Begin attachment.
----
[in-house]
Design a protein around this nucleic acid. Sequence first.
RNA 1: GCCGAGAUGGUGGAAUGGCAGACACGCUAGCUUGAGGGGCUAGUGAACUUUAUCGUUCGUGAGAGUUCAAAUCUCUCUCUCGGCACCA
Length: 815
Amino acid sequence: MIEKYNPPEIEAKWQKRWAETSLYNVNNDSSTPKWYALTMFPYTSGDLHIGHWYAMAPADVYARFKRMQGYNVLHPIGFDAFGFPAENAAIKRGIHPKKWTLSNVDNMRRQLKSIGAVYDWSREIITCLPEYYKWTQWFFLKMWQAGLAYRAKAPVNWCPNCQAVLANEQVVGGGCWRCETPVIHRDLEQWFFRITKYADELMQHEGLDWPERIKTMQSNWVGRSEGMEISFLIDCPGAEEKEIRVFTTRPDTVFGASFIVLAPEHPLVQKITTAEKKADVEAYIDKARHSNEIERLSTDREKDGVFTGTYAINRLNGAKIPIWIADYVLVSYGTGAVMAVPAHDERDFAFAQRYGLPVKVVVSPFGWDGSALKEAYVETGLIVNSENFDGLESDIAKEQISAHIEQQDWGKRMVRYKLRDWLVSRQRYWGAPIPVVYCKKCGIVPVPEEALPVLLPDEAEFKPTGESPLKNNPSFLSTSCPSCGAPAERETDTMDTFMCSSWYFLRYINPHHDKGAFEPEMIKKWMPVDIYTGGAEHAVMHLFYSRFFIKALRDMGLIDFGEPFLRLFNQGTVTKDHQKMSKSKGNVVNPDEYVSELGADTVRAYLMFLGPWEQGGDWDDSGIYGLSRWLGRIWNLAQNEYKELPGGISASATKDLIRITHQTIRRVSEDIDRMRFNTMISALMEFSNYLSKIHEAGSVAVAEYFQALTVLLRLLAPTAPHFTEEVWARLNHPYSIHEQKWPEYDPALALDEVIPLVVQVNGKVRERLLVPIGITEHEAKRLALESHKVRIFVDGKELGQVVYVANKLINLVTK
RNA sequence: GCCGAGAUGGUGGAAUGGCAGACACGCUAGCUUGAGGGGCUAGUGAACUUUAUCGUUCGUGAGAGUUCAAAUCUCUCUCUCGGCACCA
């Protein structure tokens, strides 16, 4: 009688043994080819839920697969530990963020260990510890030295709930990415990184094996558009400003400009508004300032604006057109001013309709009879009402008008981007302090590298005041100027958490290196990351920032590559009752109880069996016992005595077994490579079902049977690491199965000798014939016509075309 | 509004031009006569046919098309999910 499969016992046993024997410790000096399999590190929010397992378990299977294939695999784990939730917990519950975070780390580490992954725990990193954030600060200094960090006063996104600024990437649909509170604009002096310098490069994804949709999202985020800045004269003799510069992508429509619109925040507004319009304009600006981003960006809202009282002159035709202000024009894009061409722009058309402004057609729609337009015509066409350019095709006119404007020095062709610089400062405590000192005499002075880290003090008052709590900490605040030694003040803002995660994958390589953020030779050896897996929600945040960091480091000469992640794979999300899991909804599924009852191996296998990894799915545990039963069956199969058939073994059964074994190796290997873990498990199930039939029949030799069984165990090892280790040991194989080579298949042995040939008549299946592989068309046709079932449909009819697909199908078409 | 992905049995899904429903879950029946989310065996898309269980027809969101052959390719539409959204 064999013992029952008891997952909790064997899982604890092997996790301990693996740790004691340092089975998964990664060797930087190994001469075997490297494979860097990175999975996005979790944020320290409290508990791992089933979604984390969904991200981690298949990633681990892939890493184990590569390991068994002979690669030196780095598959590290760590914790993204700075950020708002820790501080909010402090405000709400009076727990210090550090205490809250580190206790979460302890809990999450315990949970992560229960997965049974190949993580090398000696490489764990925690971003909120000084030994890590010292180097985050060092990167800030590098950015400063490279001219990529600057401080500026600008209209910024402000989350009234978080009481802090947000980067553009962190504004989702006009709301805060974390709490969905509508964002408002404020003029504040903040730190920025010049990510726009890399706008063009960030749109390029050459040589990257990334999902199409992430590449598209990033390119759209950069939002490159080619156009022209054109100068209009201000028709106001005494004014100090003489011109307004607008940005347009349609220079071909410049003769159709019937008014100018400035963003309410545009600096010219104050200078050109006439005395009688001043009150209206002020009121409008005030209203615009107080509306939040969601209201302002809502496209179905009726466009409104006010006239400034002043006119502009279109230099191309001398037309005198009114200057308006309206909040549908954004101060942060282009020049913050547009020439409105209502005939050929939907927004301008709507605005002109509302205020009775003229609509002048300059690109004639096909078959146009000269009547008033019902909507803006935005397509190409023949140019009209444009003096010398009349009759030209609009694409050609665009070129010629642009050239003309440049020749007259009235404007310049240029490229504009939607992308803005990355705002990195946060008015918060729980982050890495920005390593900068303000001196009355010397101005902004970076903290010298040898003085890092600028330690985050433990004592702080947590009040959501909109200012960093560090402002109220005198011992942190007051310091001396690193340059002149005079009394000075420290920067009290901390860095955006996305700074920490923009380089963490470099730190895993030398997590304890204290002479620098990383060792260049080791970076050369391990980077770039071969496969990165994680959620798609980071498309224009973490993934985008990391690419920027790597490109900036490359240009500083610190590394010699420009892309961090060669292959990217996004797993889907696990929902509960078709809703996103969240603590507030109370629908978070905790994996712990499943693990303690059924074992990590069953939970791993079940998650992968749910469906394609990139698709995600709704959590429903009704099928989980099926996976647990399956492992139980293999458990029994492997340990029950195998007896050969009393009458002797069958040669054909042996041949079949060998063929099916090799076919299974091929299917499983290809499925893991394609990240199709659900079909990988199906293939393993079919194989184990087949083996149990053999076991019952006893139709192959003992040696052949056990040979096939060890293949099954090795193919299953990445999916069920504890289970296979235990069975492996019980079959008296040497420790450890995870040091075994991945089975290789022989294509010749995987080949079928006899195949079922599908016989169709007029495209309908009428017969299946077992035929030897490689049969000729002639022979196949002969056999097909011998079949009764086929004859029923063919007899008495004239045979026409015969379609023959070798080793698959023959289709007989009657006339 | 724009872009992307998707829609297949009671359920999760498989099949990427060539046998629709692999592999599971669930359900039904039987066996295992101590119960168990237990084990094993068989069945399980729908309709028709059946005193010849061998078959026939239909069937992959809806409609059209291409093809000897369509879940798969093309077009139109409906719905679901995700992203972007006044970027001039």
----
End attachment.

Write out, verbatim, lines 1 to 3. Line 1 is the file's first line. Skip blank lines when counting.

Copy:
[in-house]
Design a protein around this nucleic acid. Sequence first.
RNA 1: GCCGAGAUGGUGGAAUGGCAGACACGCUAGCUUGAGGGGCUAGUGAACUUUAUCGUUCGUGAGAGUUCAAAUCUCUCUCUCGGCACCA